Horse riding and core training

The core is a complex muscle system that includes: the pelvic floor muscles, the transverse abdominal muscle, the multiphydus, the internal and external oblique, the rectum of the abdomen, the sacrospinal muscle and the diaphragm. It is well known that training the core improves our overall balance and the strength of the upper and lower limbs with a result in an improvement in sporting performance.

Core training

Many sports performance, therefore, depends on the stability of the core muscles: horse riding is part of these. In particular, jockeys must train this musculature because good stability at the abdominal level helps to control the horse and to give it correct orders. The rider does not just "stand on the saddle": the horse responds to the stimuli that derive from the muscle commands given by the rider. Which muscles are mainly involved? adductors, quadriceps, buttocks and core muscles.

The correct maintenance of the posture and the consequent set-up during the race depend, in fact, on the core that will have to work efficiently even for long periods of time. The athlete must therefore try to improve the strength and endurance of this muscle group if he is to succeed in giving perfect commands to his horse throughout the competition.

The exercises

There are several valid exercises that jockeys can perform to improve core stability and thus performance. When preparing for the competitive season we recommend exercises with free weights performed standing on an unstable surface: this type of work is recommended to improve the strength and power of the core. Another simple but effective exercise that strengthens the oblique muscles is lifting the handlebar with lateral bending of the torso.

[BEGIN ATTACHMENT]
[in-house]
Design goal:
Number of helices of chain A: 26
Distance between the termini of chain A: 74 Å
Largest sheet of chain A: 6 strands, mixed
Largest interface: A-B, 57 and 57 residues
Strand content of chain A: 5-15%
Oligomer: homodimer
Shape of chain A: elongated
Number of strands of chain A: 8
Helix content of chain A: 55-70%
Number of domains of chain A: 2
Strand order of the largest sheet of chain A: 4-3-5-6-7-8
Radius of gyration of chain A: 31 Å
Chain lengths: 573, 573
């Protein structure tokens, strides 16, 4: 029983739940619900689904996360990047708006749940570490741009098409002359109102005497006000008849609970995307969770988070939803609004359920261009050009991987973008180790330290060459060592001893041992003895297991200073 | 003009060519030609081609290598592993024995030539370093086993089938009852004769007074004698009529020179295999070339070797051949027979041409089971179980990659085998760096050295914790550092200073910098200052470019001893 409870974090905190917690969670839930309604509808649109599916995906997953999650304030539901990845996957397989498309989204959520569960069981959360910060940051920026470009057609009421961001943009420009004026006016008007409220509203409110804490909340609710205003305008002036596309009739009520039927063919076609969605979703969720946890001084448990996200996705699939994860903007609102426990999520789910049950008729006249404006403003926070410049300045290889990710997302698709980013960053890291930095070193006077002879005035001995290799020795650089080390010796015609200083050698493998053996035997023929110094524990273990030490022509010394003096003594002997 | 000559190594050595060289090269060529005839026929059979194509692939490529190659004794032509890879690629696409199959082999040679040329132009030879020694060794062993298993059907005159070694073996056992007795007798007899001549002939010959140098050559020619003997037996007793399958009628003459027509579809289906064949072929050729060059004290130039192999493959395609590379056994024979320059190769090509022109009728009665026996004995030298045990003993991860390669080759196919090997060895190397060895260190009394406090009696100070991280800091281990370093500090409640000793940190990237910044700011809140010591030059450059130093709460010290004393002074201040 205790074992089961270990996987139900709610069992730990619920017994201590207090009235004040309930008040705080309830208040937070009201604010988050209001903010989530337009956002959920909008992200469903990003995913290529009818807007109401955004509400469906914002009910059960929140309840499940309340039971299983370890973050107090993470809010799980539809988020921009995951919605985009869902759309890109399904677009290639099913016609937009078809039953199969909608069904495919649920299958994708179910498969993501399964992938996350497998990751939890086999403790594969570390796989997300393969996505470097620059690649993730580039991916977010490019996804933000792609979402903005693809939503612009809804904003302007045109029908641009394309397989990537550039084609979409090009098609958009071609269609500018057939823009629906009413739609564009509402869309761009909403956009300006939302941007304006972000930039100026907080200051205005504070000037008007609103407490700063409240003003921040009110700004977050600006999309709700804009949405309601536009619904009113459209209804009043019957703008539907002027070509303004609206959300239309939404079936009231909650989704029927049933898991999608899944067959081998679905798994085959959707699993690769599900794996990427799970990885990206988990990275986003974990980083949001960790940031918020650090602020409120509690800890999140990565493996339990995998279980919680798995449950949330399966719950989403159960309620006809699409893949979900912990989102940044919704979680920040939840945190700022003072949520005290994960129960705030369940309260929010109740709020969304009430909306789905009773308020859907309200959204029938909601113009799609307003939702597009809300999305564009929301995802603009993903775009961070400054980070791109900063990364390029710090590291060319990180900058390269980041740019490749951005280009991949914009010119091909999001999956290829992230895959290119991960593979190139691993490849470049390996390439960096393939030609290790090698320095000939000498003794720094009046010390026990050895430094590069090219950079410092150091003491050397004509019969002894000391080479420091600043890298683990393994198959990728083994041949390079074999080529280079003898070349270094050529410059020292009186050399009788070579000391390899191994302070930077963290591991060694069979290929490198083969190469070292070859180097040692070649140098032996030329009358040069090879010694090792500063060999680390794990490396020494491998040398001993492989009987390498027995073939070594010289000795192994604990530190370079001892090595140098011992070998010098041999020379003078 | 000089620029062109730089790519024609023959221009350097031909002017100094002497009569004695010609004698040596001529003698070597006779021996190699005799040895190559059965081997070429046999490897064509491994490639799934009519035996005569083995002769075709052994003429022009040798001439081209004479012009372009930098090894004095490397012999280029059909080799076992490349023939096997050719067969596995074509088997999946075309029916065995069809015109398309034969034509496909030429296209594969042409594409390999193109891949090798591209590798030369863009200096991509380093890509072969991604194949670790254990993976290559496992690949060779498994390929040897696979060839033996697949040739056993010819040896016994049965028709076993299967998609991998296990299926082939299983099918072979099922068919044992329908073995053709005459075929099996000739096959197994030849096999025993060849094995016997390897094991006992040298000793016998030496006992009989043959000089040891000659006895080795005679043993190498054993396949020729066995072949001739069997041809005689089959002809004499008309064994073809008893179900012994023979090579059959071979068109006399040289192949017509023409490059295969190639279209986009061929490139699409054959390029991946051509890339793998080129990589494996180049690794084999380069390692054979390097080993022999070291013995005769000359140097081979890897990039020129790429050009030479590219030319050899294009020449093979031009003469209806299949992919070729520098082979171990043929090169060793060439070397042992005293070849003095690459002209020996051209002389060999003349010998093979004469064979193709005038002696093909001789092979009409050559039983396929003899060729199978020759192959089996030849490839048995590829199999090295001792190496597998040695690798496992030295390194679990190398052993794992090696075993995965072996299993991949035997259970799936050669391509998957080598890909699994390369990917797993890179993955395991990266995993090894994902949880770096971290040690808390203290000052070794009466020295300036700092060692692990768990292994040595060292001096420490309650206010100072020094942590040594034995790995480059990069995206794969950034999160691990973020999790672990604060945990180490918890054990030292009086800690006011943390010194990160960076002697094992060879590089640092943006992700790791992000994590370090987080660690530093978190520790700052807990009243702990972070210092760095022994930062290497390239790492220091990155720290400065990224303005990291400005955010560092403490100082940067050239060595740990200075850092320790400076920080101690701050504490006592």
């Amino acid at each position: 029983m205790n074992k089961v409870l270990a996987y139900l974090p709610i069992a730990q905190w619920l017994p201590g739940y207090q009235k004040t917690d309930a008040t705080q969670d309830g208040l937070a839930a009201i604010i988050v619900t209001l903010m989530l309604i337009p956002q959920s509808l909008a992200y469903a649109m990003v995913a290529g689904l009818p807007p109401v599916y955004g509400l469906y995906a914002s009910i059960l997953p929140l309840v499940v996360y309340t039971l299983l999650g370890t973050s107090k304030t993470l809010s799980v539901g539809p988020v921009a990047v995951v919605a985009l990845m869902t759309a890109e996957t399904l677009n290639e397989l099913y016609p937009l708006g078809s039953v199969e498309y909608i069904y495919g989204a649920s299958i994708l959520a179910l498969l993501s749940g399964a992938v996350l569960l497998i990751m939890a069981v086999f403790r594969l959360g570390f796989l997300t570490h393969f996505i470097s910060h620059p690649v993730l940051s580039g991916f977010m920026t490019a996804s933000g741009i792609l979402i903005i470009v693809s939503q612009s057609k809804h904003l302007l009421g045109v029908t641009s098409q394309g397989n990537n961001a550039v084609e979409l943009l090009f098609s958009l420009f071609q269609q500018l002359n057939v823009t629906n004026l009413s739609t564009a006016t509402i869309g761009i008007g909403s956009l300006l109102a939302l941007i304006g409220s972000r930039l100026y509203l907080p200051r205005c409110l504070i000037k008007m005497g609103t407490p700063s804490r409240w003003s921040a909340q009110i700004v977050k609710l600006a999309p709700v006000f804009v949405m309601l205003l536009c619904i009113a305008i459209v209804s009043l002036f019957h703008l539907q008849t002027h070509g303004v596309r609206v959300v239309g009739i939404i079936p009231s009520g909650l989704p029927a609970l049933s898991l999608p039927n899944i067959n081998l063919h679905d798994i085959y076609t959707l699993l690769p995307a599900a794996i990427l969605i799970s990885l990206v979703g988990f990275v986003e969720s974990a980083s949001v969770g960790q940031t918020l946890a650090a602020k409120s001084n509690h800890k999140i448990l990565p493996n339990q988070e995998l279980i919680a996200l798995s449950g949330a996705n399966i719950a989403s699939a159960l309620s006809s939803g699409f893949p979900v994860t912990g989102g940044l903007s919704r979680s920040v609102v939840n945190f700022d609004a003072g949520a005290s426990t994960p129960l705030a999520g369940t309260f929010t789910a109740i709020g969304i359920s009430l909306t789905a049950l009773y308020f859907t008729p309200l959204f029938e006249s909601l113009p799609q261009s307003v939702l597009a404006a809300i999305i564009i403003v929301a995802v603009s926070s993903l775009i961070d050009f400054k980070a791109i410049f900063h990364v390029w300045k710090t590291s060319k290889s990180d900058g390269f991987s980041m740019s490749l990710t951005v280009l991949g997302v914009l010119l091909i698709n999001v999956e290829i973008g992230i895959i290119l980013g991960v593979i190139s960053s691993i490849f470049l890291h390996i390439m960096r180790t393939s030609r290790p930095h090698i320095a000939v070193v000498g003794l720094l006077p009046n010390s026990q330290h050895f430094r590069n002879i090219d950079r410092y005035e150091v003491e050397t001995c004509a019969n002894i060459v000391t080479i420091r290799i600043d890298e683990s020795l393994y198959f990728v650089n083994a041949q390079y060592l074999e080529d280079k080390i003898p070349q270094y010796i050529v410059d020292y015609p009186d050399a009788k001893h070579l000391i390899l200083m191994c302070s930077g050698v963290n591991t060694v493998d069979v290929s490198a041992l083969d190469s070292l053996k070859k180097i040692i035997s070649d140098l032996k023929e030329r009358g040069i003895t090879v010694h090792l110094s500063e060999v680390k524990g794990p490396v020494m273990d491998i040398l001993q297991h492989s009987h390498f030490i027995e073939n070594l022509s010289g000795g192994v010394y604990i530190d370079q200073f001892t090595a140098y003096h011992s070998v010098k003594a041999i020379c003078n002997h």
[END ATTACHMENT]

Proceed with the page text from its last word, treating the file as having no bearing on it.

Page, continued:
The specific training of jockeys is what reproduces the stimuli of horse riding. Using a tool like an exercise ball plays a key role. In fact, this tool allows you to create instability, forcing the contraction of the core muscles as a result as when riding. On Wellness Ball Active Sitting jockeys can perform three fundamental exercises that reproduce the position of the ride. The first, which is also the simplest, consists of sitting over the ball and alternately lifting the knees towards the chest.

The second is the "prone cobra" exercise performed on the Wellness Ball, which activates the abdominal muscles in a similar way to when the jockey is bent forward on the horse.

The last one is the "knee tuck". This exercise, which may seem apparently more difficult than it really is, activates the abdominal rectum, the transverse muscle and the muscles of the lumbar area, so it is also very useful in preventing some injuries.

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